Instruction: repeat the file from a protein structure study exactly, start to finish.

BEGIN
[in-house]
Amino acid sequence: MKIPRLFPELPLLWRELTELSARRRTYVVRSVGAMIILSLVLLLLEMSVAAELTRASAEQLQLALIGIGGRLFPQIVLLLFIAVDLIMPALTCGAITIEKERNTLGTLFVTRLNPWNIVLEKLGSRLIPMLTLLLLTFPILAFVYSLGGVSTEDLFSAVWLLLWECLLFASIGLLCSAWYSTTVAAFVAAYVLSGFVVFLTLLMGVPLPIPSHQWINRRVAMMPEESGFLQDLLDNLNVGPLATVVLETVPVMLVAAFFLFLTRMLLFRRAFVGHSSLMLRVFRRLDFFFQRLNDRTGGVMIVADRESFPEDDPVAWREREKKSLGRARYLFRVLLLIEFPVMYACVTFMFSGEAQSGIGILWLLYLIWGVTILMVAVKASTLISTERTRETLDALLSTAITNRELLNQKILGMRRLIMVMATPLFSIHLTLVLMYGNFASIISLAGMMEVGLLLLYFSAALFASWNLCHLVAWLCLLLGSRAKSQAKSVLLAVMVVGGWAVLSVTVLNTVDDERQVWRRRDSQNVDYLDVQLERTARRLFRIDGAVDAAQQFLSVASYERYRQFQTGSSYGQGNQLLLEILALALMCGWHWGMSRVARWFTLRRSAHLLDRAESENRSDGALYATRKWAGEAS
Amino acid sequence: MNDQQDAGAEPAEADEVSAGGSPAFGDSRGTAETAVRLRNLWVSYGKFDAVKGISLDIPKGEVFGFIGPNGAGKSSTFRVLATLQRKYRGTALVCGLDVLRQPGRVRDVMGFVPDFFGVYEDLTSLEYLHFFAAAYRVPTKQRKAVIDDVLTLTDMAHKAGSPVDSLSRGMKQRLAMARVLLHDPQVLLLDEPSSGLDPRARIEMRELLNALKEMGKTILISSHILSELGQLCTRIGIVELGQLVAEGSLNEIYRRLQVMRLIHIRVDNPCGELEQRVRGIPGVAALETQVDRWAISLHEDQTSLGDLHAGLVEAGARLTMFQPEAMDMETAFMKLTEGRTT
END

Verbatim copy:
[in-house]
Amino acid sequence: MKIPRLFPELPLLWRELTELSARRRTYVVRSVGAMIILSLVLLLLEMSVAAELTRASAEQLQLALIGIGGRLFPQIVLLLFIAVDLIMPALTCGAITIEKERNTLGTLFVTRLNPWNIVLEKLGSRLIPMLTLLLLTFPILAFVYSLGGVSTEDLFSAVWLLLWECLLFASIGLLCSAWYSTTVAAFVAAYVLSGFVVFLTLLMGVPLPIPSHQWINRRVAMMPEESGFLQDLLDNLNVGPLATVVLETVPVMLVAAFFLFLTRMLLFRRAFVGHSSLMLRVFRRLDFFFQRLNDRTGGVMIVADRESFPEDDPVAWREREKKSLGRARYLFRVLLLIEFPVMYACVTFMFSGEAQSGIGILWLLYLIWGVTILMVAVKASTLISTERTRETLDALLSTAITNRELLNQKILGMRRLIMVMATPLFSIHLTLVLMYGNFASIISLAGMMEVGLLLLYFSAALFASWNLCHLVAWLCLLLGSRAKSQAKSVLLAVMVVGGWAVLSVTVLNTVDDERQVWRRRDSQNVDYLDVQLERTARRLFRIDGAVDAAQQFLSVASYERYRQFQTGSSYGQGNQLLLEILALALMCGWHWGMSRVARWFTLRRSAHLLDRAESENRSDGALYATRKWAGEAS
Amino acid sequence: MNDQQDAGAEPAEADEVSAGGSPAFGDSRGTAETAVRLRNLWVSYGKFDAVKGISLDIPKGEVFGFIGPNGAGKSSTFRVLATLQRKYRGTALVCGLDVLRQPGRVRDVMGFVPDFFGVYEDLTSLEYLHFFAAAYRVPTKQRKAVIDDVLTLTDMAHKAGSPVDSLSRGMKQRLAMARVLLHDPQVLLLDEPSSGLDPRARIEMRELLNALKEMGKTILISSHILSELGQLCTRIGIVELGQLVAEGSLNEIYRRLQVMRLIHIRVDNPCGELEQRVRGIPGVAALETQVDRWAISLHEDQTSLGDLHAGLVEAGARLTMFQPEAMDMETAFMKLTEGRTT